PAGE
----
Dean said at its current pace, it will miss its 2013 greenhouse gas and water goals because of volume declines and more water-intensive processes from an expanding product portfolio. The company has reduced solid waste 21%, increased recycling by more than 50%, and reduced distribution fleet carbon dioxide equivalent emissions.
Turn off the lights. Yes, it really helps
A Dairy Farmers of America facility in Springfield, Mo. upgraded lighting, installed motion detectors/light level detectors, turned off the lights on weekends and labeled light switches with reminders to employees to turn them off when not in use. For these efforts and others, the facility received a Gold Level award from Ozarks GreenScore, which recognized the plant’s commitment to sustainability.
Other activities that helped the processing plant attain Gold Level status include:
• Replacing 70% of roofing with increased insulation levels and white, reflective material
• Partnering with Drury University, Springfield, and interns to investigate water-saving techniques in the main plant
• Improving the plant’s compressed air system with upgrades to piping and controls and establishing a leak-check program
• Purchasing high-efficiency motors and replacing inefficient units
• Working on waste-recycling projects. These generated more than $89,000 in grants to install waste-recycling equipment
nDairy Farmers of America Sustainability Team members meet with representatives from Ozarks GreenScore and the city of Springfield, Mo. From left: Jim Hopwood; Amy Strickland-Minor, Ozarks GreenScore and Drury University Ozarks Center for Sustainable Solutions; Mike Schick; Chris Stefaniw; Brad Akin; Joyce Breesawitz; Springfield Mayor Bob Stephens; Levi White; John Carr; Ralph Siccama; Gerriann Marvin; Dana Lowe, plant manager; John McGuire; Allan Craig; Sara Garretson, city of Springfield; and Bob Gaeke.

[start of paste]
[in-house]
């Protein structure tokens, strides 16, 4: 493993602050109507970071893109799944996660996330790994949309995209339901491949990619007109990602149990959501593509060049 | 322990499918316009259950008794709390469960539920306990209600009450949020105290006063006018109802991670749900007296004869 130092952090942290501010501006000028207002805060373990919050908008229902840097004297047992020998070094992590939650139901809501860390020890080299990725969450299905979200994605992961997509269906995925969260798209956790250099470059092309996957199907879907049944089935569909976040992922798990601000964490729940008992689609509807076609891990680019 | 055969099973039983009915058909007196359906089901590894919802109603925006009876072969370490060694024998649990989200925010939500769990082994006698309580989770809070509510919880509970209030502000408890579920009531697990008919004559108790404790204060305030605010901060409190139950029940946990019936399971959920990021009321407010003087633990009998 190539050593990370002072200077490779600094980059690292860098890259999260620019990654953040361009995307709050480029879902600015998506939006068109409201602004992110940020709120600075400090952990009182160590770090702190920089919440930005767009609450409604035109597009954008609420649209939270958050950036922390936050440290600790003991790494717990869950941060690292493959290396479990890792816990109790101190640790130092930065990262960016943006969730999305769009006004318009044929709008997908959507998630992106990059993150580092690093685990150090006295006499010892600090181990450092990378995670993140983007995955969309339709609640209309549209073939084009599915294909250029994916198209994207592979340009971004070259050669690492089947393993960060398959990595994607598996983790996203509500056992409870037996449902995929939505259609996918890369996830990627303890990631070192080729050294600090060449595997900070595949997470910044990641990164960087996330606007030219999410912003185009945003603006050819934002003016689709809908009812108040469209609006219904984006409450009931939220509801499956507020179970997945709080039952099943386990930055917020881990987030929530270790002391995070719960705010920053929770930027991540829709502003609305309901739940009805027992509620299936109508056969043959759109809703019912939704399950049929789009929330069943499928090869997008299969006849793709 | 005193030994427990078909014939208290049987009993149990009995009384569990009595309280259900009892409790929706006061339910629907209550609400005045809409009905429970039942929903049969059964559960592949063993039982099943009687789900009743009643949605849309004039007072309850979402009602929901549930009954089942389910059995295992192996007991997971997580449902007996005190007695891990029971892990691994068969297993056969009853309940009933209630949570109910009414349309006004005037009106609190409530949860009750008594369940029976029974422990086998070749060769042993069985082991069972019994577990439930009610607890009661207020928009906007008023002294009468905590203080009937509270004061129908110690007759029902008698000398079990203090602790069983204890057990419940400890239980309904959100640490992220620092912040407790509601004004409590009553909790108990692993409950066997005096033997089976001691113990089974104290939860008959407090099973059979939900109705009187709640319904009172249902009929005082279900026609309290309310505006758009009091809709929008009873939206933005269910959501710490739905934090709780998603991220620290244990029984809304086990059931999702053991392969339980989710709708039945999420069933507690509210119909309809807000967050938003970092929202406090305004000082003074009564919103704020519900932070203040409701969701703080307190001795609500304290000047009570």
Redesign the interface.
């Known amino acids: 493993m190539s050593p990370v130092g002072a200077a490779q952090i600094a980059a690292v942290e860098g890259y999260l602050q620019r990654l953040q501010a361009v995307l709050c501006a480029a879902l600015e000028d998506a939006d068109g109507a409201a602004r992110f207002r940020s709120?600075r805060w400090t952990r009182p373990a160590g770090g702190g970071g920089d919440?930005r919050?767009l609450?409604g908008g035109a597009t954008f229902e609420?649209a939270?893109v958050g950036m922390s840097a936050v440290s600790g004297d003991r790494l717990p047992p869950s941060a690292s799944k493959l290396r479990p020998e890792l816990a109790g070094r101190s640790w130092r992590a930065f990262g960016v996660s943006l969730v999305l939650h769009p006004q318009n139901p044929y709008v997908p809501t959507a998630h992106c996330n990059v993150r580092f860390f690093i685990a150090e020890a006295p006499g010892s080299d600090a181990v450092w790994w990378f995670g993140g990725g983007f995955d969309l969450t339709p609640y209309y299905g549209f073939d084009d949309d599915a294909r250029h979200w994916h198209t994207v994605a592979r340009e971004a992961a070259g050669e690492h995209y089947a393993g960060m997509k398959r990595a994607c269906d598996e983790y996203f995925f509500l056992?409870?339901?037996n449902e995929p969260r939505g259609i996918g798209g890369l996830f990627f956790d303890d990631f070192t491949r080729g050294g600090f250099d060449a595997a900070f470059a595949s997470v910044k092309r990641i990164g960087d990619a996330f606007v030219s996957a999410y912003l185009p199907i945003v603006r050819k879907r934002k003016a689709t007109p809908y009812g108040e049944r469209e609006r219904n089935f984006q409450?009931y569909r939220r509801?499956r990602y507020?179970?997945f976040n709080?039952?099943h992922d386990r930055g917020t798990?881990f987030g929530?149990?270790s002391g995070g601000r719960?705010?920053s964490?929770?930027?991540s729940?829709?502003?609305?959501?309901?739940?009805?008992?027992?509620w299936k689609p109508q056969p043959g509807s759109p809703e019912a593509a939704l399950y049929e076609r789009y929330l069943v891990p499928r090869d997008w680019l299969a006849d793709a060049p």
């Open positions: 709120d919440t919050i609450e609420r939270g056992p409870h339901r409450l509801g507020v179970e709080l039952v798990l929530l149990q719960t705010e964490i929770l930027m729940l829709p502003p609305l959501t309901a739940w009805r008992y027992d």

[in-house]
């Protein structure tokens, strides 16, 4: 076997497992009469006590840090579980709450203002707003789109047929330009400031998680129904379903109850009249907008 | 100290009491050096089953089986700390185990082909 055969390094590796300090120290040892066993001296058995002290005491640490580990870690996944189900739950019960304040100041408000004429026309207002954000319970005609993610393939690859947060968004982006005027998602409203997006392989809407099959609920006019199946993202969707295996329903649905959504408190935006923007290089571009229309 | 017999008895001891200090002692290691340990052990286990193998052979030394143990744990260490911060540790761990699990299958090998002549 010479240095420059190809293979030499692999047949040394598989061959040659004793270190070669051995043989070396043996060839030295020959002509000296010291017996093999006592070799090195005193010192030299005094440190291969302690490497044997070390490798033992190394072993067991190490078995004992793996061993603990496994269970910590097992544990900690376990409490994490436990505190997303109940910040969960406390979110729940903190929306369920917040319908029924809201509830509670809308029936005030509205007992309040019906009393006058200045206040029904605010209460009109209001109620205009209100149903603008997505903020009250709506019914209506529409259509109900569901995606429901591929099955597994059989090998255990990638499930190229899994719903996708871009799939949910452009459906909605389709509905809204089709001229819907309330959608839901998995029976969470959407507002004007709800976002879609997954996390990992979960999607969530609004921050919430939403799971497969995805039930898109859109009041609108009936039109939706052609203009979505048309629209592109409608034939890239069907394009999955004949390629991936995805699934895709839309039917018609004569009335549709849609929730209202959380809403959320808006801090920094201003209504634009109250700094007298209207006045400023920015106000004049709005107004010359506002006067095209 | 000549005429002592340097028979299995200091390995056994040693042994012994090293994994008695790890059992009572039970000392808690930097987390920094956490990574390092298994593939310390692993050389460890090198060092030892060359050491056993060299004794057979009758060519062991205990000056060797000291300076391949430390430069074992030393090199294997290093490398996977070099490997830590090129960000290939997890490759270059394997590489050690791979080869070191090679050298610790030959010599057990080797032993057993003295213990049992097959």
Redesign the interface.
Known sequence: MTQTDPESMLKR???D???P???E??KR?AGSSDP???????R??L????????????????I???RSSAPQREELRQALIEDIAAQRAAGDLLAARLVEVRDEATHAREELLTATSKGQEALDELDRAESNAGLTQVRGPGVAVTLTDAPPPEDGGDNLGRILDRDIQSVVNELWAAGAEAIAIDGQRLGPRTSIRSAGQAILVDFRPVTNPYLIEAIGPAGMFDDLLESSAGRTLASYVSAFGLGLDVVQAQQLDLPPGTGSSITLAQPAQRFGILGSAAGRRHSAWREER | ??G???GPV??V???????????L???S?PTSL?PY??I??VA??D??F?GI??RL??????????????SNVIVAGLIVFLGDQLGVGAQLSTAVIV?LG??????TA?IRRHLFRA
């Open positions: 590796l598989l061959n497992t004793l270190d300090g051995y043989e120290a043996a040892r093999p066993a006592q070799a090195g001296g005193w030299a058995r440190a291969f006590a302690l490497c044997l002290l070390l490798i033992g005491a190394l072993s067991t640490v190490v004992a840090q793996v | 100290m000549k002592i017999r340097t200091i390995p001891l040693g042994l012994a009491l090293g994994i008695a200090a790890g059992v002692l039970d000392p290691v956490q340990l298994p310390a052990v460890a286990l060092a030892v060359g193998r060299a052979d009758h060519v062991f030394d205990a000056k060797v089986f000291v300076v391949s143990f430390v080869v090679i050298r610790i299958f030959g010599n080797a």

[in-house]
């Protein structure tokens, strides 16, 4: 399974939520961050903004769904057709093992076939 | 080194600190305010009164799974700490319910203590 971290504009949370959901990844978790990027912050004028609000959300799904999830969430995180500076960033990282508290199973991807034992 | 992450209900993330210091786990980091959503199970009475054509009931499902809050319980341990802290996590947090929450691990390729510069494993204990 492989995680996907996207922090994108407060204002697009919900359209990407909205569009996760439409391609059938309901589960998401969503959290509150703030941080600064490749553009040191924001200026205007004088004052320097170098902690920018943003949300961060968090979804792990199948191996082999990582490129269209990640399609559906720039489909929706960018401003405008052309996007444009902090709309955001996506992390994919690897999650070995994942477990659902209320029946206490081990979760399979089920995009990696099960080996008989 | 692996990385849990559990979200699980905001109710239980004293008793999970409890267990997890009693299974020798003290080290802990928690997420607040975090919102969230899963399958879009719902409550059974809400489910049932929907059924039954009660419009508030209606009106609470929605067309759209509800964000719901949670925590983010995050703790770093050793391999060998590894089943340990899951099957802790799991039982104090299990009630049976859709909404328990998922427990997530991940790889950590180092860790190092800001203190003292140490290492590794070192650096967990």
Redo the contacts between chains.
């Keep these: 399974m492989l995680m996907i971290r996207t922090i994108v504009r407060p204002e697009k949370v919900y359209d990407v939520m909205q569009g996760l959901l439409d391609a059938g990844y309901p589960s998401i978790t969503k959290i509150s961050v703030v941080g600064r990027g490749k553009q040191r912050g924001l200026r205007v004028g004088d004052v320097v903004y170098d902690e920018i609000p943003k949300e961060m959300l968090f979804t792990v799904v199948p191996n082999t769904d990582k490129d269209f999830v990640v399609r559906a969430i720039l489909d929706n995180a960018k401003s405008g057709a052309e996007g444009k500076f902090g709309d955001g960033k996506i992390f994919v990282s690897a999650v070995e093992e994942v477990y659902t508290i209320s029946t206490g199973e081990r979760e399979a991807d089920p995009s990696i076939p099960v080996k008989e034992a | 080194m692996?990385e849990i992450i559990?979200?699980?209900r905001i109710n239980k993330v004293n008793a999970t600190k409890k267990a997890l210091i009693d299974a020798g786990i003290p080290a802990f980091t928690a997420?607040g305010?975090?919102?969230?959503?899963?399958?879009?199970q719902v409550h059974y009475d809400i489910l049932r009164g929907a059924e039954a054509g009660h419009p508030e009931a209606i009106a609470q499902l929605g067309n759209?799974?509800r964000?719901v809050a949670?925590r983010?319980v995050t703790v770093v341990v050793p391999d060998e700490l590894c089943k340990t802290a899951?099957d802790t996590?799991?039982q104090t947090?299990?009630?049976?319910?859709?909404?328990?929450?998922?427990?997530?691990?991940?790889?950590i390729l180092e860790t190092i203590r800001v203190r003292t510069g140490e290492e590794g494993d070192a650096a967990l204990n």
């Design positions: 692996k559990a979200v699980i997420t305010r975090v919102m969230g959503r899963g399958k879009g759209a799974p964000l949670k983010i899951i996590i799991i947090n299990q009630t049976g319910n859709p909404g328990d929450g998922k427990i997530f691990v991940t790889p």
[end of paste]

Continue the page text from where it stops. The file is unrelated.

Collaborate with others on LCA measurement tools
International food and beverage giant Nestlé joined a new industry/academia research partnership that aims to improve the environmental performance of consumer products and services. The company said it is the only global food and beverage manufacturer to join the International Chair in Life Cycle Assessment unit at the Interuniversity Research Centre for the Life Cycle of Products, Processes and Services (CIRAIG) in Montreal.
As part of its product development process, Nestlé also conducts quicker versions of life-cycle assessments using what it calls “simple eco-design tools.” One of these is the Packaging Impact Quick Evaluation Tool (PIQET), which evaluates the environmental impact of packaging over its entire lifecycle. The company says such tools allow it to evaluate lifecycle data early in the design stage so it can make modifications while packaging is still being developed.
Involve all employees in achieving green goals
Yogurt maker Dannon, White Plains, N.Y., uses a cross-functional Green Team — made up of employees throughout the company, from manufacturing operations to marketing — to achieve its green goals. In 2011, the dairy processor reduced its carbon footprint by 5.9% (a total reduction of more than 29% since 2008). Approximately 93% of manufacturing waste was recycled at Dannon factories, an 18% improvement from 2010. By modernizing its processing plants, Dannon said it reduced water use by more than 30% from 2008 to 2011.
Mom always said: ‘Don’t waste food.’ It’s good advice for processors, too.
Valio, a dairy processor based in Helsinki, Finland, seeks to reduce or re-use packaging and food waste. The company sends all faulty batches of fresh dairy products (and products returned from retailers) to a facility where liquid products are separated from the packages. The product waste is used as animal feed. Batches not suitable for use as animal feed are used to produce biogas.